Erasmus and Luther: The Battle Over Free Will , edited with notes by Clarence H. Miller, translated by Clarence H. Miller and Peter Macardle, introduction by James D. Tracy (Indianapolis, 2012). 355 pp. ISBN 978-1603845472.

Erasmus and Luther: The Battle Over Free Will , edited with notes by Clarence H. Miller,... In 1524, Erasmus of Rotterdam yielded to the pressure of many friends and patrons and wrote against Luther. He had avoided confrontation with Luther as long as possible, and when he decided he could no longer put off a public rebuttal of Luther’s ideas, he chose for the debate the issue of the freedom or enslavement of the will, a point he believed central to all of the challenges of the Reformation and an issue that left him with a safe amount of theological leeway in Church tradition. As James D. Tracy notes in the excellent introduction to Clarence H. Miller’s Erasmus and Luther: The Battle Over Free Will , “In the history of the European Reformation, few issues were as important as the one debated by Erasmus and Luther: Are human beings capable of contributing to their own salvation by what they choose to do or not to do?” (ix). Tracy notes that the free will debate had significant theological and ecclesiastical implications, especially regarding the interpretation of scripture, the “purpose of God’s revelation” (ix), and the ability of humans to do anything good at all (x). Clarence H. Miller’s edition of Erasmus’ and Luther’s debate about http://www.deepdyve.com/assets/images/DeepDyve-Logo-lg.png ERSY Brill

Erasmus and Luther: The Battle Over Free Will , edited with notes by Clarence H. Miller, translated by Clarence H. Miller and Peter Macardle, introduction by James D. Tracy (Indianapolis, 2012). 355 pp. ISBN 978-1603845472.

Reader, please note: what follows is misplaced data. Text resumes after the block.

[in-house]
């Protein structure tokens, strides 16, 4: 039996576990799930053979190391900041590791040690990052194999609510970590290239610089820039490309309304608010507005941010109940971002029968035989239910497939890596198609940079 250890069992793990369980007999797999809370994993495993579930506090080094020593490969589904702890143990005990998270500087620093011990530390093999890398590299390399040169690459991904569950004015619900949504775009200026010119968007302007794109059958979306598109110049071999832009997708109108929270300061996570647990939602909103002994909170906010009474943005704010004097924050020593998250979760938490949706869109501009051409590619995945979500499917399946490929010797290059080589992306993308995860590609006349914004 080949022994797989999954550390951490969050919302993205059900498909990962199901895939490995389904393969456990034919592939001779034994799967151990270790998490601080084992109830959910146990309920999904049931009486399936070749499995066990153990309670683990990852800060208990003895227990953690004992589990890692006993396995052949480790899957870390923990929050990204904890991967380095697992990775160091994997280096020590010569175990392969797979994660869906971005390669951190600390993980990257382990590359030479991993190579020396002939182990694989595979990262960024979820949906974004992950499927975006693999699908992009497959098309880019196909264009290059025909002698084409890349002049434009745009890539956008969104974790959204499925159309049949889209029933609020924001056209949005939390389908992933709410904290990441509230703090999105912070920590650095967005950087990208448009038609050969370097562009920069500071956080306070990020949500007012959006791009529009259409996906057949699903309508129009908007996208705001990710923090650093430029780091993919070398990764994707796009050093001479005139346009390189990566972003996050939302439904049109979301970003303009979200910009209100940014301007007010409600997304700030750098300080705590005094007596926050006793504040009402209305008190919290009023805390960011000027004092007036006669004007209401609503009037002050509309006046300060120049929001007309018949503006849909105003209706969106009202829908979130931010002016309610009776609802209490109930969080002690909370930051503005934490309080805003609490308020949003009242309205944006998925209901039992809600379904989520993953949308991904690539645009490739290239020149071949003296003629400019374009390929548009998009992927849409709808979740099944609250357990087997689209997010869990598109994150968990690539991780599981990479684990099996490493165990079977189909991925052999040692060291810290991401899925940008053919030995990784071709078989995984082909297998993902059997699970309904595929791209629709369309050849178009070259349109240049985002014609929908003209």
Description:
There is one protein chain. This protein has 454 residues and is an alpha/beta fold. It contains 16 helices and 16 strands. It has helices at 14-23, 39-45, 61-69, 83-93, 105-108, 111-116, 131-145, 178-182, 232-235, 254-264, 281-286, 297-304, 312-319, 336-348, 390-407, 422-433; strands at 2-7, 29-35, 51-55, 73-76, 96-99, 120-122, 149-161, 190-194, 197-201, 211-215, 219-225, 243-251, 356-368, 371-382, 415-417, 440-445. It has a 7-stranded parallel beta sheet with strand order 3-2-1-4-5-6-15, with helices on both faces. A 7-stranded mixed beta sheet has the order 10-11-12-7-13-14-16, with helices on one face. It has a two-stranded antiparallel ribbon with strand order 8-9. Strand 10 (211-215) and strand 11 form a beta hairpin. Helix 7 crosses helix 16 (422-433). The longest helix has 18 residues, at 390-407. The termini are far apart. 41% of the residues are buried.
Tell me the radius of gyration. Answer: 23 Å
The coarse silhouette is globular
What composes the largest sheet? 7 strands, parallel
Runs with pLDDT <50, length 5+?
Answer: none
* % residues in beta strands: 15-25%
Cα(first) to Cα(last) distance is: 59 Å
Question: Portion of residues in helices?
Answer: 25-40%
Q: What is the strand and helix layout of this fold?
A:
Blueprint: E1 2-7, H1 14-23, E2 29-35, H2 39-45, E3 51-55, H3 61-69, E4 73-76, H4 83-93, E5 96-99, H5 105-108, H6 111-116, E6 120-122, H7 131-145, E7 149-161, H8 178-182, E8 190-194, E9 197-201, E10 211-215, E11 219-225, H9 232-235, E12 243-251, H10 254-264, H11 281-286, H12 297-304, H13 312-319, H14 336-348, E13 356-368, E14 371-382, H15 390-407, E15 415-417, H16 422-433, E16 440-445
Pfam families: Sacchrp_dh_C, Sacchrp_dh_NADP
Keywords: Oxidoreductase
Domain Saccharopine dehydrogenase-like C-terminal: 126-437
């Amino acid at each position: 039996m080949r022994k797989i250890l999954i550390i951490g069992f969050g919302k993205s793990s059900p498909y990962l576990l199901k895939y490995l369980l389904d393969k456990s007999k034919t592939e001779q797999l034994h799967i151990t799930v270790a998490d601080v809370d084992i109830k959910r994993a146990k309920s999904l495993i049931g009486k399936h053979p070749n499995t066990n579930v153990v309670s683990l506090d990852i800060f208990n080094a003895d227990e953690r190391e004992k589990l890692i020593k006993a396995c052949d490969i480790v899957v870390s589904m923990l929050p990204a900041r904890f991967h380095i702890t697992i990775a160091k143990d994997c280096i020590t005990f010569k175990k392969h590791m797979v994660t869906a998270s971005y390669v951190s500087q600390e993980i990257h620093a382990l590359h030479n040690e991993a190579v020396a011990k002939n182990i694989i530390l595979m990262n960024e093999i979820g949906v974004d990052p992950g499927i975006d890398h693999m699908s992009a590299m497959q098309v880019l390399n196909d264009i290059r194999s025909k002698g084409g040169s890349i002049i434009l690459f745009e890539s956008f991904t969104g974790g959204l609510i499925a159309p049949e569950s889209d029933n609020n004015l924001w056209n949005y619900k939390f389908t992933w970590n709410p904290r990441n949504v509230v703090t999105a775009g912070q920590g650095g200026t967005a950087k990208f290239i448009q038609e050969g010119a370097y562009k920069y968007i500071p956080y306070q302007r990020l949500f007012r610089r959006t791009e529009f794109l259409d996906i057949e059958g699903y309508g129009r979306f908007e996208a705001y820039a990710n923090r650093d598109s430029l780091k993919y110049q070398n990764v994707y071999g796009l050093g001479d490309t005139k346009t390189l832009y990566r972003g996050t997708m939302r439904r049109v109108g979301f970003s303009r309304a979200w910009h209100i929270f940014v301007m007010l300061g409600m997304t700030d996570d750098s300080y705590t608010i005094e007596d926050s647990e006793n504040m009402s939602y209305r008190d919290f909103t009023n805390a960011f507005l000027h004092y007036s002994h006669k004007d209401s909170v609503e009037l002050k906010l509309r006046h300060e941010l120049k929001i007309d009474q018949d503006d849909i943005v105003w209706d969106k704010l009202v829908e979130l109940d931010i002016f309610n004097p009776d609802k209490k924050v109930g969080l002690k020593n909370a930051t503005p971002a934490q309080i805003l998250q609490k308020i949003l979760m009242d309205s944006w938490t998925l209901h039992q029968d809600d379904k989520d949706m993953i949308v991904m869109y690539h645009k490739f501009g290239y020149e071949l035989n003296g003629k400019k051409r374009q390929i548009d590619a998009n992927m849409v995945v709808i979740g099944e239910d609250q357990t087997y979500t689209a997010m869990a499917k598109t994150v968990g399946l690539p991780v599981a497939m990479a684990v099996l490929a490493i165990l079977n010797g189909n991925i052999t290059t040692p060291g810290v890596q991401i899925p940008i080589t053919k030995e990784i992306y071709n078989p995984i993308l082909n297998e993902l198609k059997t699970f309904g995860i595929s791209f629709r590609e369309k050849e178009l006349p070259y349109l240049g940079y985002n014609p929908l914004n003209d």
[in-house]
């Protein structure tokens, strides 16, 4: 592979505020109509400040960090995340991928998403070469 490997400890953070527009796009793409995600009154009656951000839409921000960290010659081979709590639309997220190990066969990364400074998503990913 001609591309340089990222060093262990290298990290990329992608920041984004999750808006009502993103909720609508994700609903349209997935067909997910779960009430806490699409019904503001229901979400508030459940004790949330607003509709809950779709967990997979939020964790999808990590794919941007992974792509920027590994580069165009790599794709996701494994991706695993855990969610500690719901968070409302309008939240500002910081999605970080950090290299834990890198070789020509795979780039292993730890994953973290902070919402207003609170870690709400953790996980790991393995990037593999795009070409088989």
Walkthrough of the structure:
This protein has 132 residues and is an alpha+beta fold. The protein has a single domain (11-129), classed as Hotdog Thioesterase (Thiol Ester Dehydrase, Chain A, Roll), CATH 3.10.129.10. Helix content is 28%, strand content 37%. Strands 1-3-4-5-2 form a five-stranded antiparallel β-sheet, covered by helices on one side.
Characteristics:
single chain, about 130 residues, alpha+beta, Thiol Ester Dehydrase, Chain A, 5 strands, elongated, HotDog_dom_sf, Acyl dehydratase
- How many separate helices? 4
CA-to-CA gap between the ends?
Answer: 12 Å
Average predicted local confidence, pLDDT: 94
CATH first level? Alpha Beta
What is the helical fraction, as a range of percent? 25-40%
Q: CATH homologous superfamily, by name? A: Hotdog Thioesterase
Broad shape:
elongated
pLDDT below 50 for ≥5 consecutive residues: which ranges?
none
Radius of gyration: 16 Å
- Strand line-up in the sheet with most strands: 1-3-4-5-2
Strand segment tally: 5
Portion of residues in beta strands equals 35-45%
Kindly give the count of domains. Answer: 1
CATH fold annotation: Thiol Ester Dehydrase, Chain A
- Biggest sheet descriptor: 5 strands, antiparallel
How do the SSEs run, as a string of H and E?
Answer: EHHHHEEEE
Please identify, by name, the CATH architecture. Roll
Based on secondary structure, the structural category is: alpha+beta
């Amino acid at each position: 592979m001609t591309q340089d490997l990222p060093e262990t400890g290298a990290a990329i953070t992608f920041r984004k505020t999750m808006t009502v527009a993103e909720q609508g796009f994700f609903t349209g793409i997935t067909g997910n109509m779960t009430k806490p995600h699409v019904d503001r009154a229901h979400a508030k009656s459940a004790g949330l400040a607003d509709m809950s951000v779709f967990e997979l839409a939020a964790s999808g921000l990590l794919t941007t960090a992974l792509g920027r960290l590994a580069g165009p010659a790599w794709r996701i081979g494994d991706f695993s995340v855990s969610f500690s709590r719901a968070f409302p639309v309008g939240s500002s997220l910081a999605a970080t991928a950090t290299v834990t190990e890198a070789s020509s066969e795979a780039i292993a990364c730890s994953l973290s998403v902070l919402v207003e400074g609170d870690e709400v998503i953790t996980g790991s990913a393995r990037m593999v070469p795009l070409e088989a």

ERSY , Volume 33 (1): 88 – Jan 1, 2013

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Publisher
Brill
Copyright
© Koninklijke Brill NV, Leiden, The Netherlands
ISSN
0276-2854
eISSN
1874-9275
D.O.I.
10.1163/18749275-13330109
Publisher site
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Abstract

In 1524, Erasmus of Rotterdam yielded to the pressure of many friends and patrons and wrote against Luther. He had avoided confrontation with Luther as long as possible, and when he decided he could no longer put off a public rebuttal of Luther’s ideas, he chose for the debate the issue of the freedom or enslavement of the will, a point he believed central to all of the challenges of the Reformation and an issue that left him with a safe amount of theological leeway in Church tradition. As James D. Tracy notes in the excellent introduction to Clarence H. Miller’s Erasmus and Luther: The Battle Over Free Will , “In the history of the European Reformation, few issues were as important as the one debated by Erasmus and Luther: Are human beings capable of contributing to their own salvation by what they choose to do or not to do?” (ix). Tracy notes that the free will debate had significant theological and ecclesiastical implications, especially regarding the interpretation of scripture, the “purpose of God’s revelation” (ix), and the ability of humans to do anything good at all (x). Clarence H. Miller’s edition of Erasmus’ and Luther’s debate about

Journal

ERSYBrill

Published: Jan 1, 2013

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